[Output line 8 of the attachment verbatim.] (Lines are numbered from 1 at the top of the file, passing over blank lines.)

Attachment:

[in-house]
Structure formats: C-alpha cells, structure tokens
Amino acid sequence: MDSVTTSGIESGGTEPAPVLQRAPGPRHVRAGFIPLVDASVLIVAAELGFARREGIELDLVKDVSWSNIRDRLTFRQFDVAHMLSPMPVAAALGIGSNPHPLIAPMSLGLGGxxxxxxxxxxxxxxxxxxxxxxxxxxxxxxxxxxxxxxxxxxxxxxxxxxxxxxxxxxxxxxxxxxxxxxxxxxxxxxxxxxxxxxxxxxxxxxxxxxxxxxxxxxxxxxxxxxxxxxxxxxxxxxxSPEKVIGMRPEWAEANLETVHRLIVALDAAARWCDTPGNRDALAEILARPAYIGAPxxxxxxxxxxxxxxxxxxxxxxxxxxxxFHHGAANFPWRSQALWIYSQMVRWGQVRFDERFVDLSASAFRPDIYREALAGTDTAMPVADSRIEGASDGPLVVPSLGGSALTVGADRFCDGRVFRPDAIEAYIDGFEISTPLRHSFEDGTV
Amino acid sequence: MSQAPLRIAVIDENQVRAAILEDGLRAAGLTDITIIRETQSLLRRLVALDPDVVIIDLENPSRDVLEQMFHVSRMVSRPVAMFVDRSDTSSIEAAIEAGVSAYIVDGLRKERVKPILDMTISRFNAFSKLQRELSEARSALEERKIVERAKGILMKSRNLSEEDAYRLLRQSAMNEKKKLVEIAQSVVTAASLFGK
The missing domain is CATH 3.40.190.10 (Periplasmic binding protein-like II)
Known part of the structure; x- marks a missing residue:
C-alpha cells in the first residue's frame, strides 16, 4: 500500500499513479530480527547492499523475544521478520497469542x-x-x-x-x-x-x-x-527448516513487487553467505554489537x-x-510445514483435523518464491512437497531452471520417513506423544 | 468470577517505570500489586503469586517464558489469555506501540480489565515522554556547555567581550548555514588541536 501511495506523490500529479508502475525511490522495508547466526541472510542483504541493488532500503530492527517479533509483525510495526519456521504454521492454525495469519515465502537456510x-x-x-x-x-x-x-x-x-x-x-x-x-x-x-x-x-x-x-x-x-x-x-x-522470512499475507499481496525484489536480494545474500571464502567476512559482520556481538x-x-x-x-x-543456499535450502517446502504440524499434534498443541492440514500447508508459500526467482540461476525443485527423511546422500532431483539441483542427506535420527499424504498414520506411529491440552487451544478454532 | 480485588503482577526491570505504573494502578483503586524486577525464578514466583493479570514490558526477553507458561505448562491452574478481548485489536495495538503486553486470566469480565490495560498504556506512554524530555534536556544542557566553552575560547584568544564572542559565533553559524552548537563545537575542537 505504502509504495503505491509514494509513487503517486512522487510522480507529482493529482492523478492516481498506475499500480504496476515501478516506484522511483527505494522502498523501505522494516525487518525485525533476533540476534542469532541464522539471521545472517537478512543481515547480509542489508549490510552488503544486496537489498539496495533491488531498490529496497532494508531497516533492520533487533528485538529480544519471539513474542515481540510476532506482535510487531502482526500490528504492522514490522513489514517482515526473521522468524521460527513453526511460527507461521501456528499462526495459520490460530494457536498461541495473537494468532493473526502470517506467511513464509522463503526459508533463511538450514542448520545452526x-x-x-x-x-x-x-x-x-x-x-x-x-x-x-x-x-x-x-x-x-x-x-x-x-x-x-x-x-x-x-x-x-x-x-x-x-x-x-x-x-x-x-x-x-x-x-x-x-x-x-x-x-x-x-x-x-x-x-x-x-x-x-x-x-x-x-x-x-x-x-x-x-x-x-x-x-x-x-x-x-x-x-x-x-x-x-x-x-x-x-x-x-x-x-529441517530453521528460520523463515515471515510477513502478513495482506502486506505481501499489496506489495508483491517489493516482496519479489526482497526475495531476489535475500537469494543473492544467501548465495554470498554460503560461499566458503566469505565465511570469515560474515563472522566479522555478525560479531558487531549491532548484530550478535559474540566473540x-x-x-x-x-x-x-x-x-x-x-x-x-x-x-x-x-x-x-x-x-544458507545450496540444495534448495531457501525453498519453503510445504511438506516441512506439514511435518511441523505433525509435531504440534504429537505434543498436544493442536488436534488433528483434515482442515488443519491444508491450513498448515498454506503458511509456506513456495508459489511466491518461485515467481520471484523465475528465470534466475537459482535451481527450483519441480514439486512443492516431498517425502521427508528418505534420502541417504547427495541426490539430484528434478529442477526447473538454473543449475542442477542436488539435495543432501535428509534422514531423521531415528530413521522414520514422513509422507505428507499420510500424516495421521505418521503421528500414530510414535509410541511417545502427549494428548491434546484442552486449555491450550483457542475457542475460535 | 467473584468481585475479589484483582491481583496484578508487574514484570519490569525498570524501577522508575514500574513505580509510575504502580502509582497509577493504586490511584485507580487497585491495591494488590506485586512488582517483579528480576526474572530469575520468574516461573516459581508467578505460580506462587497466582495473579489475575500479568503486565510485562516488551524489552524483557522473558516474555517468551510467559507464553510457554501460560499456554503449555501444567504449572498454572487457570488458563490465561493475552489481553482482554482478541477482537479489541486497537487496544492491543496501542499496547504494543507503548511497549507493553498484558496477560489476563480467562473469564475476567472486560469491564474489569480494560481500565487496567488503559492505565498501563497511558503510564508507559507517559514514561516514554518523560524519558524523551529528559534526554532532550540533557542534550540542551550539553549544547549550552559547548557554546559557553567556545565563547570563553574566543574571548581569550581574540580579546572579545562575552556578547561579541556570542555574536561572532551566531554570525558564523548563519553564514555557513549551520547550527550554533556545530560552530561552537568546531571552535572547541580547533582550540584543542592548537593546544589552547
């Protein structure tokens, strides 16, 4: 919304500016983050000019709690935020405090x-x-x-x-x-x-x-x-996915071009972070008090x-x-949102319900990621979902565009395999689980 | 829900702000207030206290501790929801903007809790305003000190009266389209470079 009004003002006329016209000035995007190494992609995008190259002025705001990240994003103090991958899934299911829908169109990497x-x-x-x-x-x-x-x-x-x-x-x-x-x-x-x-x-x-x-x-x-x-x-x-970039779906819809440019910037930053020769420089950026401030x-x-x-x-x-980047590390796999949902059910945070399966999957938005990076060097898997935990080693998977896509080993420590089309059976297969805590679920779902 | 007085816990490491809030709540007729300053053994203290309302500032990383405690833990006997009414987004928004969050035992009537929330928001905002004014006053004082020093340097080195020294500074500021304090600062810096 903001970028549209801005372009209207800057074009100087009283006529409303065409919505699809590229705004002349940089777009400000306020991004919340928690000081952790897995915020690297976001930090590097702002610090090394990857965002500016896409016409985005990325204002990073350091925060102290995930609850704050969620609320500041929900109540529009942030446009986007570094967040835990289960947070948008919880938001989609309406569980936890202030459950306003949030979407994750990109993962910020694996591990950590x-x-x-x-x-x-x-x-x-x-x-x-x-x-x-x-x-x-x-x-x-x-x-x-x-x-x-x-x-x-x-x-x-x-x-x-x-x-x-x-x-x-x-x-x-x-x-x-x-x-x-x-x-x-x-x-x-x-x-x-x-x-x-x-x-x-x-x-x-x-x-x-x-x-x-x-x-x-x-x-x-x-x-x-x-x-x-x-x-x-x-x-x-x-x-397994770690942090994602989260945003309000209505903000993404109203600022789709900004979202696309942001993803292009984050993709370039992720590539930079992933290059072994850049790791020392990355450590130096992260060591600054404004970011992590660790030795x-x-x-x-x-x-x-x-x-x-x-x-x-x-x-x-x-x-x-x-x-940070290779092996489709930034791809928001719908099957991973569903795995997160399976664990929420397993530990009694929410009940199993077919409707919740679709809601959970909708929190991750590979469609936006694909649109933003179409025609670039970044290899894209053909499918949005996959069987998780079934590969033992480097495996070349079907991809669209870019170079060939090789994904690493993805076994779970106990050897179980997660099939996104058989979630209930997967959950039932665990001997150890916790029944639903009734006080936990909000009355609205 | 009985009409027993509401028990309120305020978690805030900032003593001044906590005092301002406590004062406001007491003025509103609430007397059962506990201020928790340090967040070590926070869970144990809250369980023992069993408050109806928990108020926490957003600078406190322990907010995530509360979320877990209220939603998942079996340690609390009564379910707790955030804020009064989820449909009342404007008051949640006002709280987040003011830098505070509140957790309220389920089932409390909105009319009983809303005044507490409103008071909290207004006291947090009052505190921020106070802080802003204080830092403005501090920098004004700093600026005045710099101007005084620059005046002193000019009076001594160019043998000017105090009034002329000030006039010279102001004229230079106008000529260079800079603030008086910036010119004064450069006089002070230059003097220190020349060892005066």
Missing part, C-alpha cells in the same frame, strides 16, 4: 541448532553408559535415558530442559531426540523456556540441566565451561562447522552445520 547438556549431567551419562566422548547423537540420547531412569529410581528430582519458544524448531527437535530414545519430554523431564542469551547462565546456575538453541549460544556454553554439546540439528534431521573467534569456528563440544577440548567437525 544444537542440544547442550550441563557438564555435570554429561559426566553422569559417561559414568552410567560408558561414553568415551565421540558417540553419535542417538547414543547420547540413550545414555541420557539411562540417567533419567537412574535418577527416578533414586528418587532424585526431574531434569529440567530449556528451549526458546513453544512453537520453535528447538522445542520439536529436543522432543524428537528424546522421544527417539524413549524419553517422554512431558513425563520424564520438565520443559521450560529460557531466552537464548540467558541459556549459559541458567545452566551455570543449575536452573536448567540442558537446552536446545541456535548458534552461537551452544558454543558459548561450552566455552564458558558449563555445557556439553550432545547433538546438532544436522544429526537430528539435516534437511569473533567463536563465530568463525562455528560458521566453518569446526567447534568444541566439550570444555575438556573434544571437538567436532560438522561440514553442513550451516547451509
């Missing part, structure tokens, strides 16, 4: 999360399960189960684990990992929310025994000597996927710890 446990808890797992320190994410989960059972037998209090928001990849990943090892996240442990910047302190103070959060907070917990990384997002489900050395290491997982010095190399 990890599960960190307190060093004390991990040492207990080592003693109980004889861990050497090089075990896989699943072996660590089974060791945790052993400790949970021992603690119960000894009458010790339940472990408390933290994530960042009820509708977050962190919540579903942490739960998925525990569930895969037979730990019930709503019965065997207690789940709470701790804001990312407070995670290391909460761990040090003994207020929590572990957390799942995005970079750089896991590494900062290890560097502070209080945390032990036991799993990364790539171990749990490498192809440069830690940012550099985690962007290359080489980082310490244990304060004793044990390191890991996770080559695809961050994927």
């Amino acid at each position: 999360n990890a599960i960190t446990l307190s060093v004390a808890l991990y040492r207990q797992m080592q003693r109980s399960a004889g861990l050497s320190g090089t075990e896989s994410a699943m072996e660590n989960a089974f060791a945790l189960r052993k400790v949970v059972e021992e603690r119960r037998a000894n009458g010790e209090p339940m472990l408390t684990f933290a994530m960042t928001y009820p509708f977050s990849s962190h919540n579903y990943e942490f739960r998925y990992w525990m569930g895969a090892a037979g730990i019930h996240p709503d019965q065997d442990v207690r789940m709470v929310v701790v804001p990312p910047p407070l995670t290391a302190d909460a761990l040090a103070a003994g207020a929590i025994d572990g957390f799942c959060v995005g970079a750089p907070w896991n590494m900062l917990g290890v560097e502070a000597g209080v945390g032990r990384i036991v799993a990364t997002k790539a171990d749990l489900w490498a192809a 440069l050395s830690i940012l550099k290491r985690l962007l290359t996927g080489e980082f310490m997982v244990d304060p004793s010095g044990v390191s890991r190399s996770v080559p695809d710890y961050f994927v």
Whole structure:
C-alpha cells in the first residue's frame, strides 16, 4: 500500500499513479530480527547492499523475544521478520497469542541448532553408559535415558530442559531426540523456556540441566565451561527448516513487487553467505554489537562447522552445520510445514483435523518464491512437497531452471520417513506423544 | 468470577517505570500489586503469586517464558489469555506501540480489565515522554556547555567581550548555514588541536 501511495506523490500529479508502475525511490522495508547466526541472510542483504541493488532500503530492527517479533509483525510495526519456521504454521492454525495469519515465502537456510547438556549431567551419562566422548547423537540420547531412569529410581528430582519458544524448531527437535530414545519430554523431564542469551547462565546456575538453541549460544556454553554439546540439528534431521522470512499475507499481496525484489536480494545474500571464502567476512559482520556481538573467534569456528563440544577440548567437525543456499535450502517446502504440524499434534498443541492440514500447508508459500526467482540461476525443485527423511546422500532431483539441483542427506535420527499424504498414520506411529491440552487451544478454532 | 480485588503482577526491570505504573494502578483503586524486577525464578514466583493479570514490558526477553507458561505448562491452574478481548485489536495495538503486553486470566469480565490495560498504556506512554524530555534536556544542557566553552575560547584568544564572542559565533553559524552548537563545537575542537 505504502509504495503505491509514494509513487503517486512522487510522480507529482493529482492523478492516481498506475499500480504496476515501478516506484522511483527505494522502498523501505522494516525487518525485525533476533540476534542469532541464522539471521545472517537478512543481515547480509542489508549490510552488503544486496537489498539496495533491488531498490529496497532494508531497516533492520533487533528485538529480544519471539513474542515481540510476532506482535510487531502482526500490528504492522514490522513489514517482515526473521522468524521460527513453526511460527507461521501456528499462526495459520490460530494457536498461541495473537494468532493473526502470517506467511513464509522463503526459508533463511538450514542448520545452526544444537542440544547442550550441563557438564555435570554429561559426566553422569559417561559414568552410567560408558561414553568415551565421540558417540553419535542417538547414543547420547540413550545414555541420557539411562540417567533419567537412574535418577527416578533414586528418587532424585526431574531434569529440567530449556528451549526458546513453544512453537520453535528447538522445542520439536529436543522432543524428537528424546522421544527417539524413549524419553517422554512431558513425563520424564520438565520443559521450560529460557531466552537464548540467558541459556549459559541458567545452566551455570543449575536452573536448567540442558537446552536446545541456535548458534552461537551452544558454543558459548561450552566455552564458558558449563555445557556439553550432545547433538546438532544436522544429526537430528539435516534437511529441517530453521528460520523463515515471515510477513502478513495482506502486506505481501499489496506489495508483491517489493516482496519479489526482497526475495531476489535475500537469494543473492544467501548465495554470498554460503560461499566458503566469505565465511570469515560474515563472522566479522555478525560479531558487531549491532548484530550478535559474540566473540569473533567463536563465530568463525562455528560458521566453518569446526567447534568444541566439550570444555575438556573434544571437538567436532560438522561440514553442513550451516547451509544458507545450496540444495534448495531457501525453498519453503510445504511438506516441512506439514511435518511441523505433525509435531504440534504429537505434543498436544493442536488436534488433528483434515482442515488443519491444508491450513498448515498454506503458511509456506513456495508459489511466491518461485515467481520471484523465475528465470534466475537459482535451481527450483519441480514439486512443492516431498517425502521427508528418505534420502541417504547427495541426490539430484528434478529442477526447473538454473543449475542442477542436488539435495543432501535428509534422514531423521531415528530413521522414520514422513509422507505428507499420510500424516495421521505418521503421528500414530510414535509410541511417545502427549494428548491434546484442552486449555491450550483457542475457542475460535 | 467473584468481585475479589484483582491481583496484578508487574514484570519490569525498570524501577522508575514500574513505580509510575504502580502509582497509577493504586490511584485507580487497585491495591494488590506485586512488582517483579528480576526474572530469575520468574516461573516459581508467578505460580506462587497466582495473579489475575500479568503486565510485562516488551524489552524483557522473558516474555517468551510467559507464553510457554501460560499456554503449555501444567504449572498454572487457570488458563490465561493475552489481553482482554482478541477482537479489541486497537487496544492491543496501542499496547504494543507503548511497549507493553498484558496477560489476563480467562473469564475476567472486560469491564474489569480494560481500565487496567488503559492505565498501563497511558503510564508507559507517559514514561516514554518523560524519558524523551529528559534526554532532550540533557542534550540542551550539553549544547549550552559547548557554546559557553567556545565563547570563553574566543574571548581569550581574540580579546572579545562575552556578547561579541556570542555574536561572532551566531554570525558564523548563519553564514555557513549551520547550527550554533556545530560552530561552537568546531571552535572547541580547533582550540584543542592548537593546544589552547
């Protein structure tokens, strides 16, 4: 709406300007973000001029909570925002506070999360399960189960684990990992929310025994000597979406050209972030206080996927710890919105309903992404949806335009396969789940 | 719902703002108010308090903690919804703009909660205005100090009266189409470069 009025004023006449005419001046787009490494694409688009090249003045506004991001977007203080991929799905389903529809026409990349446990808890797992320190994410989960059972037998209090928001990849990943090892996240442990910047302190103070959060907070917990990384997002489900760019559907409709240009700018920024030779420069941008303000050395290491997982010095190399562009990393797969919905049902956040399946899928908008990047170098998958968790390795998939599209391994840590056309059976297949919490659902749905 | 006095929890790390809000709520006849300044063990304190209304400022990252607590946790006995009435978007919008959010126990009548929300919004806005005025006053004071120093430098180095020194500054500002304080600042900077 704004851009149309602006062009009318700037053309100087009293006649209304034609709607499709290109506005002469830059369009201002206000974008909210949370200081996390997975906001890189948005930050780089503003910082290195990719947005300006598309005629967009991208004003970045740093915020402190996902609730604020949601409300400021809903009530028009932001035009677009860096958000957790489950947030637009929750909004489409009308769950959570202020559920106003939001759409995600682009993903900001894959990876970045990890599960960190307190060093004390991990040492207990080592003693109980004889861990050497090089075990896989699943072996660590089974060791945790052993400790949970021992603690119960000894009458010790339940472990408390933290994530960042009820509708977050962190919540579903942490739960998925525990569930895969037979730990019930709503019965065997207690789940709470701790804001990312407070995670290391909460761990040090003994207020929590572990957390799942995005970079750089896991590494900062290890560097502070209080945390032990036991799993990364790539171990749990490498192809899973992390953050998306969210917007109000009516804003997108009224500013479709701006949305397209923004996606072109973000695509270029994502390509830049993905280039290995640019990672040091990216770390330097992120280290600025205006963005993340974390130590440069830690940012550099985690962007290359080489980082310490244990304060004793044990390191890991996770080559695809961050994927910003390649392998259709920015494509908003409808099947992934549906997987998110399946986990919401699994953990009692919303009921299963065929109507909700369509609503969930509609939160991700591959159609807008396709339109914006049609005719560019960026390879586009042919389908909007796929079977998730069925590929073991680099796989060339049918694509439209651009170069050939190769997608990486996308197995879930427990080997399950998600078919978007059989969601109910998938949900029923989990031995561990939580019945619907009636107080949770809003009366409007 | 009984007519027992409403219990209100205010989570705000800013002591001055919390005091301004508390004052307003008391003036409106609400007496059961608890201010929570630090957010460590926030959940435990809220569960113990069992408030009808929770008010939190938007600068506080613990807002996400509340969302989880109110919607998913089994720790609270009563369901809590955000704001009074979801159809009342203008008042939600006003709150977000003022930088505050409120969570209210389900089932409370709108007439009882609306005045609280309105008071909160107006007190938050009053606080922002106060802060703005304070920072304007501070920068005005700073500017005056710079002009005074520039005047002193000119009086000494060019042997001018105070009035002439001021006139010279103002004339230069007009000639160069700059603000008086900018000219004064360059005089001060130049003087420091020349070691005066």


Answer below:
């Protein structure tokens, strides 16, 4: 919304500016983050000019709690935020405090x-x-x-x-x-x-x-x-996915071009972070008090x-x-949102319900990621979902565009395999689980 | 829900702000207030206290501790929801903007809790305003000190009266389209470079 009004003002006329016209000035995007190494992609995008190259002025705001990240994003103090991958899934299911829908169109990497x-x-x-x-x-x-x-x-x-x-x-x-x-x-x-x-x-x-x-x-x-x-x-x-970039779906819809440019910037930053020769420089950026401030x-x-x-x-x-980047590390796999949902059910945070399966999957938005990076060097898997935990080693998977896509080993420590089309059976297969805590679920779902 | 007085816990490491809030709540007729300053053994203290309302500032990383405690833990006997009414987004928004969050035992009537929330928001905002004014006053004082020093340097080195020294500074500021304090600062810096 903001970028549209801005372009209207800057074009100087009283006529409303065409919505699809590229705004002349940089777009400000306020991004919340928690000081952790897995915020690297976001930090590097702002610090090394990857965002500016896409016409985005990325204002990073350091925060102290995930609850704050969620609320500041929900109540529009942030446009986007570094967040835990289960947070948008919880938001989609309406569980936890202030459950306003949030979407994750990109993962910020694996591990950590x-x-x-x-x-x-x-x-x-x-x-x-x-x-x-x-x-x-x-x-x-x-x-x-x-x-x-x-x-x-x-x-x-x-x-x-x-x-x-x-x-x-x-x-x-x-x-x-x-x-x-x-x-x-x-x-x-x-x-x-x-x-x-x-x-x-x-x-x-x-x-x-x-x-x-x-x-x-x-x-x-x-x-x-x-x-x-x-x-x-x-x-x-x-x-397994770690942090994602989260945003309000209505903000993404109203600022789709900004979202696309942001993803292009984050993709370039992720590539930079992933290059072994850049790791020392990355450590130096992260060591600054404004970011992590660790030795x-x-x-x-x-x-x-x-x-x-x-x-x-x-x-x-x-x-x-x-x-940070290779092996489709930034791809928001719908099957991973569903795995997160399976664990929420397993530990009694929410009940199993077919409707919740679709809601959970909708929190991750590979469609936006694909649109933003179409025609670039970044290899894209053909499918949005996959069987998780079934590969033992480097495996070349079907991809669209870019170079060939090789994904690493993805076994779970106990050897179980997660099939996104058989979630209930997967959950039932665990001997150890916790029944639903009734006080936990909000009355609205 | 009985009409027993509401028990309120305020978690805030900032003593001044906590005092301002406590004062406001007491003025509103609430007397059962506990201020928790340090967040070590926070869970144990809250369980023992069993408050109806928990108020926490957003600078406190322990907010995530509360979320877990209220939603998942079996340690609390009564379910707790955030804020009064989820449909009342404007008051949640006002709280987040003011830098505070509140957790309220389920089932409390909105009319009983809303005044507490409103008071909290207004006291947090009052505190921020106070802080802003204080830092403005501090920098004004700093600026005045710099101007005084620059005046002193000019009076001594160019043998000017105090009034002329000030006039010279102001004229230079106008000529260079800079603030008086910036010119004064450069006089002070230059003097220190020349060892005066």